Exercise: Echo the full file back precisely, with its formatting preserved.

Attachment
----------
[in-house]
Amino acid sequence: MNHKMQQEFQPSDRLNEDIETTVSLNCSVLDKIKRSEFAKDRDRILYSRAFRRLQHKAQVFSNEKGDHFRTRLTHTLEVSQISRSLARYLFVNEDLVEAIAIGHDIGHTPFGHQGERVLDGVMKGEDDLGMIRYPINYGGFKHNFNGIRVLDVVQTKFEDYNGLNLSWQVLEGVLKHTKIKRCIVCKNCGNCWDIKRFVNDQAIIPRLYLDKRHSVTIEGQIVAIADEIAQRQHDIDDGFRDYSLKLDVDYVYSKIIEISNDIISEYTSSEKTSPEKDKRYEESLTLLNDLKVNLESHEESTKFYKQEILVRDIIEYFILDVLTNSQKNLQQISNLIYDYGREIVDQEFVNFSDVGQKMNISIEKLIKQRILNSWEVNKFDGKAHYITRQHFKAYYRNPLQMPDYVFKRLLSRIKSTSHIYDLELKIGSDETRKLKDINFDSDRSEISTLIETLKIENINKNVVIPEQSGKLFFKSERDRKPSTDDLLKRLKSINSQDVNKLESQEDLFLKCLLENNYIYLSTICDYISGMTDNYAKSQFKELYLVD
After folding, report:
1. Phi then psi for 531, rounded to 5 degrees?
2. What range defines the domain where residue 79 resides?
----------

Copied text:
[in-house]
Amino acid sequence: MNHKMQQEFQPSDRLNEDIETTVSLNCSVLDKIKRSEFAKDRDRILYSRAFRRLQHKAQVFSNEKGDHFRTRLTHTLEVSQISRSLARYLFVNEDLVEAIAIGHDIGHTPFGHQGERVLDGVMKGEDDLGMIRYPINYGGFKHNFNGIRVLDVVQTKFEDYNGLNLSWQVLEGVLKHTKIKRCIVCKNCGNCWDIKRFVNDQAIIPRLYLDKRHSVTIEGQIVAIADEIAQRQHDIDDGFRDYSLKLDVDYVYSKIIEISNDIISEYTSSEKTSPEKDKRYEESLTLLNDLKVNLESHEESTKFYKQEILVRDIIEYFILDVLTNSQKNLQQISNLIYDYGREIVDQEFVNFSDVGQKMNISIEKLIKQRILNSWEVNKFDGKAHYITRQHFKAYYRNPLQMPDYVFKRLLSRIKSTSHIYDLELKIGSDETRKLKDINFDSDRSEISTLIETLKIENINKNVVIPEQSGKLFFKSERDRKPSTDDLLKRLKSINSQDVNKLESQEDLFLKCLLENNYIYLSTICDYISGMTDNYAKSQFKELYLVD
After folding, report:
1. Phi then psi for 531, rounded to 5 degrees?
2. What range defines the domain where residue 79 resides?